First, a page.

University Post
University of Copenhagen
Independent of management


Comment: And the Oscar goes to…

Denmark's hipster image can be traced to a string of recent successful movies and TV series on left-wing, wealthy, good looking careerists. Stefanie Gross takes a look at Danish TV series

A mentally ill king. His sexually deprived wife. And a lucky physician.

It doesn’t take much to write a good script that can turn into a successful movie, but it’s still life that writes the best stories. As a result of their ménage-à-trois we get one of the best movies Denmark has ever delivered. Nikolaj Arcel’s historical drama ‘En Kongelig Affære’ (engl. A Royal Affaire) is nominated for the Oscars on Sunday.

But the more important fact is not that it could be the fourth Oscar in the category Best Foreign Language Film going to Denmark. Nor that the movie is – at least on paper – based on a Swedish soft porn novel. Way more interesting is a look at the general development of modern Danish television. Series and movies made in Denmark are experiencing a worldwide boom. After nine nominations and the great success that would come from a fourth Oscar in the category a win would be icing on the cake.

Denmark is the new hipster

In fact, Danish television in general represents everything ‘hipsterism’ actually rejects.

Being a hipster loosely defined is meant to be a carelessly dressed person with a retro choice in cheap fashion that rejects the mainstream idea of luxury, values overstated individualism and personifies counter culture attitudes. Most importantly a hipster is never mainstream.

Popular series such as ‘Borgen’ (shown on screens worldwide) and also the movie ‘A Royal Affair’ draw pictures of an embellished Danish society full of upper-class, left-winged, wealthy, good looking careerists who cycle to a fancy place to have an overprized coffee.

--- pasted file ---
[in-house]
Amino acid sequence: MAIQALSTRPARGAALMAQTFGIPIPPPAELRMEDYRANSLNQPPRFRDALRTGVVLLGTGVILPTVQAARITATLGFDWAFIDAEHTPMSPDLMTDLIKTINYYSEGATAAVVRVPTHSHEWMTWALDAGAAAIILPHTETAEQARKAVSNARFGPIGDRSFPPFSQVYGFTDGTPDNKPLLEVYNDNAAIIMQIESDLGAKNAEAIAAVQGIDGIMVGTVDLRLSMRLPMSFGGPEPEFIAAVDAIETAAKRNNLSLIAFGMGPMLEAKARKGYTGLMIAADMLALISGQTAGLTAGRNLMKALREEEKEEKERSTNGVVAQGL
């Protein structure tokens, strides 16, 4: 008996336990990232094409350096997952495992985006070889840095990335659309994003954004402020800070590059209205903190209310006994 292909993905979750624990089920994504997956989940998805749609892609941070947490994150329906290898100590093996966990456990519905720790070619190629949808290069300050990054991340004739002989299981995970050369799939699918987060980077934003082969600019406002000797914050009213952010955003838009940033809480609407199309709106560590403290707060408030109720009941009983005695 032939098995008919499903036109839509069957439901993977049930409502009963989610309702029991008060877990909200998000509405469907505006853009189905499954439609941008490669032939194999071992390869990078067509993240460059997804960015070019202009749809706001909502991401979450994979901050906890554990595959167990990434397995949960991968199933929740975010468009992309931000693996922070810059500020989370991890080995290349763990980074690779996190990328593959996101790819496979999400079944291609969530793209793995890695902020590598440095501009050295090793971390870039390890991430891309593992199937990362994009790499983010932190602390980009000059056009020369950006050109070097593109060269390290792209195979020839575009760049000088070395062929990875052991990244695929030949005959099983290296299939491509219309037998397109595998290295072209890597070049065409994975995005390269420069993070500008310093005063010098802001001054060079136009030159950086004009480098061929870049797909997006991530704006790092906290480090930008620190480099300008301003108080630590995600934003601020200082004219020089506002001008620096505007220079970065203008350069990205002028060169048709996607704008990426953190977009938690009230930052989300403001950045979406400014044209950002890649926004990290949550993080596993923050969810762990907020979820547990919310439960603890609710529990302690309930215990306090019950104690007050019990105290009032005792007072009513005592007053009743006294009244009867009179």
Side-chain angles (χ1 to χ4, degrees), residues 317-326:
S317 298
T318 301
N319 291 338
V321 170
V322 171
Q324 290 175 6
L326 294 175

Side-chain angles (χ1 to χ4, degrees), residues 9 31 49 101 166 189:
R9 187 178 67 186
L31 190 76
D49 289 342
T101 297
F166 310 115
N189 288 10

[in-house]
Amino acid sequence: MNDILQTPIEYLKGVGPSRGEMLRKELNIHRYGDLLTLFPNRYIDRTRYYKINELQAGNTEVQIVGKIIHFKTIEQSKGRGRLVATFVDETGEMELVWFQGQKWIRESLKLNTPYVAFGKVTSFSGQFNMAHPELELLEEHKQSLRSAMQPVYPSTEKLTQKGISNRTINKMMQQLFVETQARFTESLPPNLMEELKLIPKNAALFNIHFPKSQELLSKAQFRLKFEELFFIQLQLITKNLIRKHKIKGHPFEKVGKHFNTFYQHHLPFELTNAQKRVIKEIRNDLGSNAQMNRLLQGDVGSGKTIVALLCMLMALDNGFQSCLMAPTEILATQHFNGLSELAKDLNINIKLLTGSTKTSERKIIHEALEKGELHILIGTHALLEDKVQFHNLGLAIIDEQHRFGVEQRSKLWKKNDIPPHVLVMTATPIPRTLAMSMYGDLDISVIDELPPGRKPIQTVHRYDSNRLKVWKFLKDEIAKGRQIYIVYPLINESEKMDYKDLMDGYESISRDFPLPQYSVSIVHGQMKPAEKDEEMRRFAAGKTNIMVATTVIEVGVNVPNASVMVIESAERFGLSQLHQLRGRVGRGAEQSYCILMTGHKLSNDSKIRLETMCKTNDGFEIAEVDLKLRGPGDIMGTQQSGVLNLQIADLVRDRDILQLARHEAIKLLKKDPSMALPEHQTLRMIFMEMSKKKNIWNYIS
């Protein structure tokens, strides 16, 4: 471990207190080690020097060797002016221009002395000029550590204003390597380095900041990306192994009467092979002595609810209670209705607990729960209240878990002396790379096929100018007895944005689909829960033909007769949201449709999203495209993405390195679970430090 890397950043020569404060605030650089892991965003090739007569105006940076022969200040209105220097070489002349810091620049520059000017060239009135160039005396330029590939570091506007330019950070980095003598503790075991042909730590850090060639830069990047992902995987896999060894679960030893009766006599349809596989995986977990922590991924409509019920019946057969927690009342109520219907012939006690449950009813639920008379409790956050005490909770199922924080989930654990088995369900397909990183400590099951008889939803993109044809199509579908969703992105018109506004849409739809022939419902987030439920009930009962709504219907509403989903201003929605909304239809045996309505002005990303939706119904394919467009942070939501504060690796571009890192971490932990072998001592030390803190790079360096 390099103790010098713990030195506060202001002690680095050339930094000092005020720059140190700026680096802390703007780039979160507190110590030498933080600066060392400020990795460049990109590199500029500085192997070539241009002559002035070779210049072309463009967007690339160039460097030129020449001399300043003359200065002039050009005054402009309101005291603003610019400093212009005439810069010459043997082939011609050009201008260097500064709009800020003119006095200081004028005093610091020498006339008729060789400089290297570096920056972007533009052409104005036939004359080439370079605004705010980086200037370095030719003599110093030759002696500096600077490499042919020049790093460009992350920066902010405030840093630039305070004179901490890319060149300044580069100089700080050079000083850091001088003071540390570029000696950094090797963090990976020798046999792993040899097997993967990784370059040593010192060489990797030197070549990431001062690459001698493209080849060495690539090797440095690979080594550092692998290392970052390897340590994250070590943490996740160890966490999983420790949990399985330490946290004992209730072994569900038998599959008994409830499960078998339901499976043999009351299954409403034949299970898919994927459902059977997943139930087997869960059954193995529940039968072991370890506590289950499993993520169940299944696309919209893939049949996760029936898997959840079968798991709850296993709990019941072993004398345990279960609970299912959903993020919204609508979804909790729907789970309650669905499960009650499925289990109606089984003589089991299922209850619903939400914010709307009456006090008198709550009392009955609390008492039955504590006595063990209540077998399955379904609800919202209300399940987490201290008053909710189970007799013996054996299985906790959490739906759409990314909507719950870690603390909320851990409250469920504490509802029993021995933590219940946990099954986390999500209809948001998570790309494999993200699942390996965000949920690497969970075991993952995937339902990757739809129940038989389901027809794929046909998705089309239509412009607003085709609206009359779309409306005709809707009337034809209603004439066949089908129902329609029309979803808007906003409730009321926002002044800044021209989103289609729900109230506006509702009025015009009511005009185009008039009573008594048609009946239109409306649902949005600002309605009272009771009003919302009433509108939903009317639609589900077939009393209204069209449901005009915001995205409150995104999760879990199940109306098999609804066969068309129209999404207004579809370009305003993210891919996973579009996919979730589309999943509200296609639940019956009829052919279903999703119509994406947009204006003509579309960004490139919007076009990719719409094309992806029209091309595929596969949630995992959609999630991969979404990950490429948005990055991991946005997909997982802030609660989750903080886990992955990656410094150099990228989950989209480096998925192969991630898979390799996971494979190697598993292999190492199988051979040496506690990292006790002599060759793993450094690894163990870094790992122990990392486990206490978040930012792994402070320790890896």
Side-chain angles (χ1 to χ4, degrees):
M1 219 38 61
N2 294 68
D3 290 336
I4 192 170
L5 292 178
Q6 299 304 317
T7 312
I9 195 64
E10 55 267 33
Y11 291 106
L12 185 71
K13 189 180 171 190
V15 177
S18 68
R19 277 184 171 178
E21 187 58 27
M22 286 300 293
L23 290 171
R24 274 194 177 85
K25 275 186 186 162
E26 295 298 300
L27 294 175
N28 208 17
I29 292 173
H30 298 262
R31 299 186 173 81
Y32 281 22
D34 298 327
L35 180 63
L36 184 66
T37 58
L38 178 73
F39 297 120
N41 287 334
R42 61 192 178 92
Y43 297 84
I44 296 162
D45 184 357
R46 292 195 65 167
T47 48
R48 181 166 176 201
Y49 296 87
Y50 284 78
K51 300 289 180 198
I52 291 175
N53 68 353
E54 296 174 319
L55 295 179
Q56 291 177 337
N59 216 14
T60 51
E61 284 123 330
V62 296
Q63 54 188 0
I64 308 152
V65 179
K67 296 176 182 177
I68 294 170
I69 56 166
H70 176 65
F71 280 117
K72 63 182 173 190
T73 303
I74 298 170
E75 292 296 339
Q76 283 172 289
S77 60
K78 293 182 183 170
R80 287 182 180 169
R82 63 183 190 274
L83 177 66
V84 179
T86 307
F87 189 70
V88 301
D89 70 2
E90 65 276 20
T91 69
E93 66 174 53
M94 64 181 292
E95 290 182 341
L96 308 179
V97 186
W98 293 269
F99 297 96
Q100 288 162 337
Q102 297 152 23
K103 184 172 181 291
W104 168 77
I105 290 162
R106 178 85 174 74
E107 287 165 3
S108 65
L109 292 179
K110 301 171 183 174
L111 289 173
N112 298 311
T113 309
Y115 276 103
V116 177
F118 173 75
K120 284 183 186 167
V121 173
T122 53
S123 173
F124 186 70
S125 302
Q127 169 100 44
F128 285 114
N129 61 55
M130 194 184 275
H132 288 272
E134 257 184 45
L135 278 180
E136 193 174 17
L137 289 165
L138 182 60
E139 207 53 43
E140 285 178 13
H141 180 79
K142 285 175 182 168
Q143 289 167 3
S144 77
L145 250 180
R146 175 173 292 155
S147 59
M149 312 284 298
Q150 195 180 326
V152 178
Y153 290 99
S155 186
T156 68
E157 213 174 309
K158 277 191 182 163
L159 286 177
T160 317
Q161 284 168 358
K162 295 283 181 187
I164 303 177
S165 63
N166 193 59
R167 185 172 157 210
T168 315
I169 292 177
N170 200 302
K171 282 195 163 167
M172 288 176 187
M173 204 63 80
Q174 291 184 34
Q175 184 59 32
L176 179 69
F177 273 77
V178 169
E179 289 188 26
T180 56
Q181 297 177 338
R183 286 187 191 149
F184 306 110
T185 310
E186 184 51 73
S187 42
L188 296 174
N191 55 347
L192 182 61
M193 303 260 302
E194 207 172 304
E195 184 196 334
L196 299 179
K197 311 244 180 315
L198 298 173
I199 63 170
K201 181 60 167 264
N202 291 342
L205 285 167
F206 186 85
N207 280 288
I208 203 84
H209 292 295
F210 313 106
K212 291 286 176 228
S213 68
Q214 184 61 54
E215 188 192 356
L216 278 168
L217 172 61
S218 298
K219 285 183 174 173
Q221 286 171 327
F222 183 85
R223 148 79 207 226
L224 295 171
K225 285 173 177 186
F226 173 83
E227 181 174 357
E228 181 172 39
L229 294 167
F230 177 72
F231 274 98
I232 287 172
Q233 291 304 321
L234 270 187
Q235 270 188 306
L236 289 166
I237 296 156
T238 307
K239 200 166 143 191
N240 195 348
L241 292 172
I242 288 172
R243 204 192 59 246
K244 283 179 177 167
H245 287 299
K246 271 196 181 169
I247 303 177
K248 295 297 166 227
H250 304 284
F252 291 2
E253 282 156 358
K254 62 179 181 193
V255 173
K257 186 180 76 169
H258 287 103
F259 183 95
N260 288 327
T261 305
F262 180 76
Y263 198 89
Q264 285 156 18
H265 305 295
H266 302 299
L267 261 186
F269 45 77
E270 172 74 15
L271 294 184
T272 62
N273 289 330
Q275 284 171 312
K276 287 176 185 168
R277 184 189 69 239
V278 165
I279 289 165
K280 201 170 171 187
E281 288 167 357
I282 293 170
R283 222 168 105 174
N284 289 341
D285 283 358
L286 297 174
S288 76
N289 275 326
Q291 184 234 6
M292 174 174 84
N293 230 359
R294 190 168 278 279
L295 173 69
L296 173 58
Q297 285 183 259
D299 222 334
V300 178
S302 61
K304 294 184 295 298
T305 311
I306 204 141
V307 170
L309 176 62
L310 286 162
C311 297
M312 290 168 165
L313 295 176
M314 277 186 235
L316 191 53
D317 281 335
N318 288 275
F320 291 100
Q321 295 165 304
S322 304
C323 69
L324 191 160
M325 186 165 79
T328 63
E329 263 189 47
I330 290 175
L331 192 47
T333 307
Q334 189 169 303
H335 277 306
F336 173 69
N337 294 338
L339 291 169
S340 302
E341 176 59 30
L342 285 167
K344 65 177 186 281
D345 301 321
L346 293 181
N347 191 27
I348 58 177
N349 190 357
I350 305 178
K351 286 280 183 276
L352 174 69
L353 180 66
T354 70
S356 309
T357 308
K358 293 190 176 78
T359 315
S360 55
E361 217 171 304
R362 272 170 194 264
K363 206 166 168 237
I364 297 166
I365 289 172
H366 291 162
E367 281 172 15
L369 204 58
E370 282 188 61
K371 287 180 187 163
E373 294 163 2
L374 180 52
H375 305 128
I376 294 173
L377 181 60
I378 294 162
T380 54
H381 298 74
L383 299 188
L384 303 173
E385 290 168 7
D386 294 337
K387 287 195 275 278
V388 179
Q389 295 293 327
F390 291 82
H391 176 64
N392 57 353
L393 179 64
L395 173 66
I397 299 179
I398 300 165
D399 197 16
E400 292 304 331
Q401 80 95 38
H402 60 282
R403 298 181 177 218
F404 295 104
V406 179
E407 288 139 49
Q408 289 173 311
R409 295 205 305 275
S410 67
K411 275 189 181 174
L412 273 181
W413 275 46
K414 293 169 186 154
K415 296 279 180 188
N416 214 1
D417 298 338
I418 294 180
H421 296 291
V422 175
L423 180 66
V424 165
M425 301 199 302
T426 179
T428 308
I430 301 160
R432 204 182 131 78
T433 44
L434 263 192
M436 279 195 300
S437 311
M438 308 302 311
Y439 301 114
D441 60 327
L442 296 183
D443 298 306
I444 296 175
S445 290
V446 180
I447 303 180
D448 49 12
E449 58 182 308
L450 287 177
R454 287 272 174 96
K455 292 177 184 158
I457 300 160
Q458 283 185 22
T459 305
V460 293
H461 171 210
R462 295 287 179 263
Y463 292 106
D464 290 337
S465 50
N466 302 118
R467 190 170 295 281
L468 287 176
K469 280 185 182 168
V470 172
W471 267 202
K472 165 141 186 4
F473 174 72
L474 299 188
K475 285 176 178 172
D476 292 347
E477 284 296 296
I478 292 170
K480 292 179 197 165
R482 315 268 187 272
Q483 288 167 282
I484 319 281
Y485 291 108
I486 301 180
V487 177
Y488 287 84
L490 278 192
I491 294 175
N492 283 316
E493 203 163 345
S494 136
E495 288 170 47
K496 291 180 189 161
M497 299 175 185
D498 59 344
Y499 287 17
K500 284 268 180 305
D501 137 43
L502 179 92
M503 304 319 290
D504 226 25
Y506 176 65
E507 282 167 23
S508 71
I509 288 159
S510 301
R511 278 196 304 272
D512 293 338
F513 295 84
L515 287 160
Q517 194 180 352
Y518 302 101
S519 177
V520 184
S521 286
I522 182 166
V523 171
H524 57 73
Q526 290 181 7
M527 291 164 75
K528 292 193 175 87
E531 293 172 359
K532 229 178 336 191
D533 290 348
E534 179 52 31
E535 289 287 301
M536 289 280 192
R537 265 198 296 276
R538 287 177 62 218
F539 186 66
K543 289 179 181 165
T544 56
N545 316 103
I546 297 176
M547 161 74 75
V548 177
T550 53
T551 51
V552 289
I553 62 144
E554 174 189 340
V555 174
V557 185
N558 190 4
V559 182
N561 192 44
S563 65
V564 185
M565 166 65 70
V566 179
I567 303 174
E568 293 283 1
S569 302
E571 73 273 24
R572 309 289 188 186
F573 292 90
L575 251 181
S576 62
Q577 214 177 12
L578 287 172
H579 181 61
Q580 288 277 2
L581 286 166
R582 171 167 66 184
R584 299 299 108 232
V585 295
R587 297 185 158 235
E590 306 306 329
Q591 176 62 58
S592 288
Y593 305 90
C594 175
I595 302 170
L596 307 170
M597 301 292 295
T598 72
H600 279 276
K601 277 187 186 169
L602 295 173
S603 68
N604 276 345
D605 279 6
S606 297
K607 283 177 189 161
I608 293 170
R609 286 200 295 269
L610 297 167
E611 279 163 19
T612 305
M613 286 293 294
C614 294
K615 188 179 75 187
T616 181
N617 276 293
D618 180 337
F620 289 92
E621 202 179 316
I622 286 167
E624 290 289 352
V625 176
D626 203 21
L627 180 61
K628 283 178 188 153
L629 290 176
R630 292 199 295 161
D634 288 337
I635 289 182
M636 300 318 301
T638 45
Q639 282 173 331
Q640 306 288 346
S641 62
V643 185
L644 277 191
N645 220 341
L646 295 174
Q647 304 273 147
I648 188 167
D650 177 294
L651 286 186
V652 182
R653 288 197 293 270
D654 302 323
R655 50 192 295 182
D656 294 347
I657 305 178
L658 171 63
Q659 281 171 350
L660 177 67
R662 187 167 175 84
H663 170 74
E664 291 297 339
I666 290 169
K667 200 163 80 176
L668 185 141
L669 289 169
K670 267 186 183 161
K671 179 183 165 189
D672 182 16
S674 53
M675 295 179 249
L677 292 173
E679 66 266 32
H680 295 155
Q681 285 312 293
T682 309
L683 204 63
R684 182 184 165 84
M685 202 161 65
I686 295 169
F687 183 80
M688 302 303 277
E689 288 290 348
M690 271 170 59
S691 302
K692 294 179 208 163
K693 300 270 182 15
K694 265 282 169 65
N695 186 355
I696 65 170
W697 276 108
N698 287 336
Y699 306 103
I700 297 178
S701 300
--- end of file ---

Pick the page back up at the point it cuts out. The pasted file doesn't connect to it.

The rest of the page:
New, extravagant lifestyle

This demonstration of a privileged society doesn’t represent the mainstream Danish population. This is at the same time the secret ingredient that makes the Danish television production hipsterish.

So, for example, even if viewers can identify with Birgitte Nyborg Christensen struggling to juggle her career and family life, having marital as well as weight problems, they most likely won’t become Denmark’s prime minister.

So Denmark’s series stand out from the crowd by showing a new, and also kind of extravagant lifestyle.

On a roll

What other fact supports the thesis that Danish movie and television productions made Denmark ‘hipsterish’?

It has certainly set a new trend. The world suddenly has an eye on this rainy, little five million inhabitant country. The Times of London recently published an article examining ‘Why everybody wants to be Danish’.

Danish productions are slowly but successfully conquering the world. In 2011 the UK aired the crime drama ‘Forbrydelsen’ (engl. The Killing) and got an incredible response. Consequently, in 2012 ‘The Bridge’ and ‘Borgen’ followed to feed the now hungry audience. Two years ago ‘Forbrydelsen’ finally crossed the Atlantic and the United States also broadcasted a complete remake of the series which has run for two seasons.

Danish productions are on a roll.

Only cool, until

Denmark became a hipster nation because it has something new, something exotic. Now the world wants a piece of that cake. Unlike other film material that is produced in the States one can’t just stream Danish movies online or buy seasons packets on Amazon unless they are able to understand Danish.

The products need to be subtitled first, and the fact that you just can’t have it with a snap of your fingers makes it even more desirable.

But hipsters are only cool until everyone else is a hipster, too.

Hype has an expiry date

The last season of Denmark’s most famous series export ‘Forbrydelsen’ was shown in November on Danish television. And although the new crime drama ‘Dicte’ just started to be broadcast in January it is doubtful that any other crime series can follow in Forbrydelsens footsteps.

The world will once again have an eye on Denmark, which will now have to prove itself against competitors from Austria, Chile, Canada and its neighbour Norway. This can end two ways.

Either the hipster is too cool to win, maintaining its exotic hipster appeal until expiration date. Or it will end up where it can no longer be hipster, but successful by joining the mainstream.

Stay in the know about news and events happening in Copenhagen by signing up for the University Post’s weekly newsletter here.